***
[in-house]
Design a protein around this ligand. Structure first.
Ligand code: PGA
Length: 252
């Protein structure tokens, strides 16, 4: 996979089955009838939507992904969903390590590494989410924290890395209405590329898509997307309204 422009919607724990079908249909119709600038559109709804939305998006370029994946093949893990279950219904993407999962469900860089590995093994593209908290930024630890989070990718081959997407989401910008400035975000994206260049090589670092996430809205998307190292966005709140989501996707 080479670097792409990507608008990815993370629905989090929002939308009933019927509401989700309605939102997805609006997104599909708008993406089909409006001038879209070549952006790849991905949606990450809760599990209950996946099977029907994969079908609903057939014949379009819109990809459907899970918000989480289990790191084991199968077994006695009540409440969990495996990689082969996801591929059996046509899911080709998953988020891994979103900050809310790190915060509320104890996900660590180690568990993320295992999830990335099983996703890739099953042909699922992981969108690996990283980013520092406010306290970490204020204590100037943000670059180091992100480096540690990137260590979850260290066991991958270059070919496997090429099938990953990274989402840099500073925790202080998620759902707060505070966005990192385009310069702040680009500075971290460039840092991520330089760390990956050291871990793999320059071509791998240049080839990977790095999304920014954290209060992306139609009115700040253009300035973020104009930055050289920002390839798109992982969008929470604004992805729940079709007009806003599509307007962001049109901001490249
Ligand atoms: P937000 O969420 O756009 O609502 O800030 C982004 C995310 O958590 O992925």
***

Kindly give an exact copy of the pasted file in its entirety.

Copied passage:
[in-house]
Design a protein around this ligand. Structure first.
Ligand code: PGA
Length: 252
């Protein structure tokens, strides 16, 4: 996979089955009838939507992904969903390590590494989410924290890395209405590329898509997307309204 422009919607724990079908249909119709600038559109709804939305998006370029994946093949893990279950219904993407999962469900860089590995093994593209908290930024630890989070990718081959997407989401910008400035975000994206260049090589670092996430809205998307190292966005709140989501996707 080479670097792409990507608008990815993370629905989090929002939308009933019927509401989700309605939102997805609006997104599909708008993406089909409006001038879209070549952006790849991905949606990450809760599990209950996946099977029907994969079908609903057939014949379009819109990809459907899970918000989480289990790191084991199968077994006695009540409440969990495996990689082969996801591929059996046509899911080709998953988020891994979103900050809310790190915060509320104890996900660590180690568990993320295992999830990335099983996703890739099953042909699922992981969108690996990283980013520092406010306290970490204020204590100037943000670059180091992100480096540690990137260590979850260290066991991958270059070919496997090429099938990953990274989402840099500073925790202080998620759902707060505070966005990192385009310069702040680009500075971290460039840092991520330089760390990956050291871990793999320059071509791998240049080839990977790095999304920014954290209060992306139609009115700040253009300035973020104009930055050289920002390839798109992982969008929470604004992805729940079709007009806003599509307007962001049109901001490249
Ligand atoms: P937000 O969420 O756009 O609502 O800030 C982004 C995310 O958590 O992925």